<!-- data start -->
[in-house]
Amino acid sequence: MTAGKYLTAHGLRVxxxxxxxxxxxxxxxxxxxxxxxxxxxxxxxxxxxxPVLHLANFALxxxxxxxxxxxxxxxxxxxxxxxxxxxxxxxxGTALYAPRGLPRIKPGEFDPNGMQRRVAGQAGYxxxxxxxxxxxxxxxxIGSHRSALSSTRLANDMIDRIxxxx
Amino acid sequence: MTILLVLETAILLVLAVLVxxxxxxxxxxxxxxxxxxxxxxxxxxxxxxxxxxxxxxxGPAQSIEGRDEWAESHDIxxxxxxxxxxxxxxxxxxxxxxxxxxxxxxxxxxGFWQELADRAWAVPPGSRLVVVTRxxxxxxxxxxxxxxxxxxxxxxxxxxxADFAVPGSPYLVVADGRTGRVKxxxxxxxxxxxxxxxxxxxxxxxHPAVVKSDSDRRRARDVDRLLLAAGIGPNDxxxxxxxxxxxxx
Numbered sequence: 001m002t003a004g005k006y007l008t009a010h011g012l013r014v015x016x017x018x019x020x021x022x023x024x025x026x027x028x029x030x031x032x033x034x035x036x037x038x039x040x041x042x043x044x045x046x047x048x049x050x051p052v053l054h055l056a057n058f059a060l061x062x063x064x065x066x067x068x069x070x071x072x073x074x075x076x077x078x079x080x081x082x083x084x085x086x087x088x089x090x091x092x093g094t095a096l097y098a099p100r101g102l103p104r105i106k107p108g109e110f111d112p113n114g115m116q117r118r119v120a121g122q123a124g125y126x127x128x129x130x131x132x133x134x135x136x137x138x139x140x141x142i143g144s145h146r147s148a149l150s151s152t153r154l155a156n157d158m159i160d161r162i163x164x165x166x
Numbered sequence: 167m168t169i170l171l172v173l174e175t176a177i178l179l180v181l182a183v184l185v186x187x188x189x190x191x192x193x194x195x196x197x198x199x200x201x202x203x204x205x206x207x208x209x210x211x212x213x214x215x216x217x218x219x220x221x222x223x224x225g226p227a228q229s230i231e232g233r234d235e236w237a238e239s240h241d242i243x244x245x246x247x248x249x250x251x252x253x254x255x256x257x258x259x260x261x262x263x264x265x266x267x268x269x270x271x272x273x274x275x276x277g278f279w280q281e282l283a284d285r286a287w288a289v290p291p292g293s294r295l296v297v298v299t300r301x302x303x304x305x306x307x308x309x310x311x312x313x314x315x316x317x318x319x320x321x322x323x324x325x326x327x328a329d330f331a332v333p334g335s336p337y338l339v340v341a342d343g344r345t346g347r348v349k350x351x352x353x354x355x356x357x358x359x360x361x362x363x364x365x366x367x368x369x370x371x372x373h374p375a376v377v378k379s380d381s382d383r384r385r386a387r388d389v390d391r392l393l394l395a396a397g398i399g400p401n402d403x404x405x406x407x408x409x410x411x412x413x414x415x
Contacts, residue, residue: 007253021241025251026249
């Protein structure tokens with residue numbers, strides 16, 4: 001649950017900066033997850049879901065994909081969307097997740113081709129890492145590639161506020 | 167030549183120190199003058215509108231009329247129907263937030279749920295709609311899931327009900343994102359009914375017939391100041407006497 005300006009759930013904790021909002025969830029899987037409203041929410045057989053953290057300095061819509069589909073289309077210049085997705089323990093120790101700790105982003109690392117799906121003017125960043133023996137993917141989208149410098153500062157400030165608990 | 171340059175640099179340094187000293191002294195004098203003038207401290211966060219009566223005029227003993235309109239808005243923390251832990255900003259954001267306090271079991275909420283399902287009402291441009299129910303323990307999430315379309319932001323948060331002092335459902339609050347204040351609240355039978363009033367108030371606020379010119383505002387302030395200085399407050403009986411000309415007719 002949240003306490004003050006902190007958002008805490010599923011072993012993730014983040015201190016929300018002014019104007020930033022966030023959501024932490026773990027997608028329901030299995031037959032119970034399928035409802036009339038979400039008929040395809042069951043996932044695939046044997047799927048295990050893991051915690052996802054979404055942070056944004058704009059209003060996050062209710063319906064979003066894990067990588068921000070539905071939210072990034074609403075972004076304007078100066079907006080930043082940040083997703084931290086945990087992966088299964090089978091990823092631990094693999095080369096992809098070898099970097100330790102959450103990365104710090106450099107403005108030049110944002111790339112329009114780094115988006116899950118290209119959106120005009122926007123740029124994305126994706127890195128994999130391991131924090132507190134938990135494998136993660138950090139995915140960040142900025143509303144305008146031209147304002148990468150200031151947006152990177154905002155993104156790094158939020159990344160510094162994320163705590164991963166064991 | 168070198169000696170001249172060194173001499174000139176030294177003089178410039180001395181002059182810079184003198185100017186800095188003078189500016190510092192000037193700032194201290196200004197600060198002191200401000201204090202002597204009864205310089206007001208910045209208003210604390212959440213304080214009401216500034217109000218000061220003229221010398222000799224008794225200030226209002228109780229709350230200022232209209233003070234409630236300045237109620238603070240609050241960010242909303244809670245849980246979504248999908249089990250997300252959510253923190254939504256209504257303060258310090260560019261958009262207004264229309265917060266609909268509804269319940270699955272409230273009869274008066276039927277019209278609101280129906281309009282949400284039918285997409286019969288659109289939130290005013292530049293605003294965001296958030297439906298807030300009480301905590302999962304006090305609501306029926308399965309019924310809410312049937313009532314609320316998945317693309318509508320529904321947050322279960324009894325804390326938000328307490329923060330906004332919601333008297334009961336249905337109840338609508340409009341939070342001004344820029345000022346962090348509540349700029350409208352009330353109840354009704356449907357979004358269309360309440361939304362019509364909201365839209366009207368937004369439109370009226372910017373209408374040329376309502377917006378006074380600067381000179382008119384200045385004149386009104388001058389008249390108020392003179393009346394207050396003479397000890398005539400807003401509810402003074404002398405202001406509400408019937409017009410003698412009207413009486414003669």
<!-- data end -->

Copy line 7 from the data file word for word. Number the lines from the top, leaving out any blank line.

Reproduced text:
């Protein structure tokens with residue numbers, strides 16, 4: 001649950017900066033997850049879901065994909081969307097997740113081709129890492145590639161506020 | 167030549183120190199003058215509108231009329247129907263937030279749920295709609311899931327009900343994102359009914375017939391100041407006497 005300006009759930013904790021909002025969830029899987037409203041929410045057989053953290057300095061819509069589909073289309077210049085997705089323990093120790101700790105982003109690392117799906121003017125960043133023996137993917141989208149410098153500062157400030165608990 | 171340059175640099179340094187000293191002294195004098203003038207401290211966060219009566223005029227003993235309109239808005243923390251832990255900003259954001267306090271079991275909420283399902287009402291441009299129910303323990307999430315379309319932001323948060331002092335459902339609050347204040351609240355039978363009033367108030371606020379010119383505002387302030395200085399407050403009986411000309415007719 002949240003306490004003050006902190007958002008805490010599923011072993012993730014983040015201190016929300018002014019104007020930033022966030023959501024932490026773990027997608028329901030299995031037959032119970034399928035409802036009339038979400039008929040395809042069951043996932044695939046044997047799927048295990050893991051915690052996802054979404055942070056944004058704009059209003060996050062209710063319906064979003066894990067990588068921000070539905071939210072990034074609403075972004076304007078100066079907006080930043082940040083997703084931290086945990087992966088299964090089978091990823092631990094693999095080369096992809098070898099970097100330790102959450103990365104710090106450099107403005108030049110944002111790339112329009114780094115988006116899950118290209119959106120005009122926007123740029124994305126994706127890195128994999130391991131924090132507190134938990135494998136993660138950090139995915140960040142900025143509303144305008146031209147304002148990468150200031151947006152990177154905002155993104156790094158939020159990344160510094162994320163705590164991963166064991 | 168070198169000696170001249172060194173001499174000139176030294177003089178410039180001395181002059182810079184003198185100017186800095188003078189500016190510092192000037193700032194201290196200004197600060198002191200401000201204090202002597204009864205310089206007001208910045209208003210604390212959440213304080214009401216500034217109000218000061220003229221010398222000799224008794225200030226209002228109780229709350230200022232209209233003070234409630236300045237109620238603070240609050241960010242909303244809670245849980246979504248999908249089990250997300252959510253923190254939504256209504257303060258310090260560019261958009262207004264229309265917060266609909268509804269319940270699955272409230273009869274008066276039927277019209278609101280129906281309009282949400284039918285997409286019969288659109289939130290005013292530049293605003294965001296958030297439906298807030300009480301905590302999962304006090305609501306029926308399965309019924310809410312049937313009532314609320316998945317693309318509508320529904321947050322279960324009894325804390326938000328307490329923060330906004332919601333008297334009961336249905337109840338609508340409009341939070342001004344820029345000022346962090348509540349700029350409208352009330353109840354009704356449907357979004358269309360309440361939304362019509364909201365839209366009207368937004369439109370009226372910017373209408374040329376309502377917006378006074380600067381000179382008119384200045385004149386009104388001058389008249390108020392003179393009346394207050396003479397000890398005539400807003401509810402003074404002398405202001406509400408019937409017009410003698412009207413009486414003669």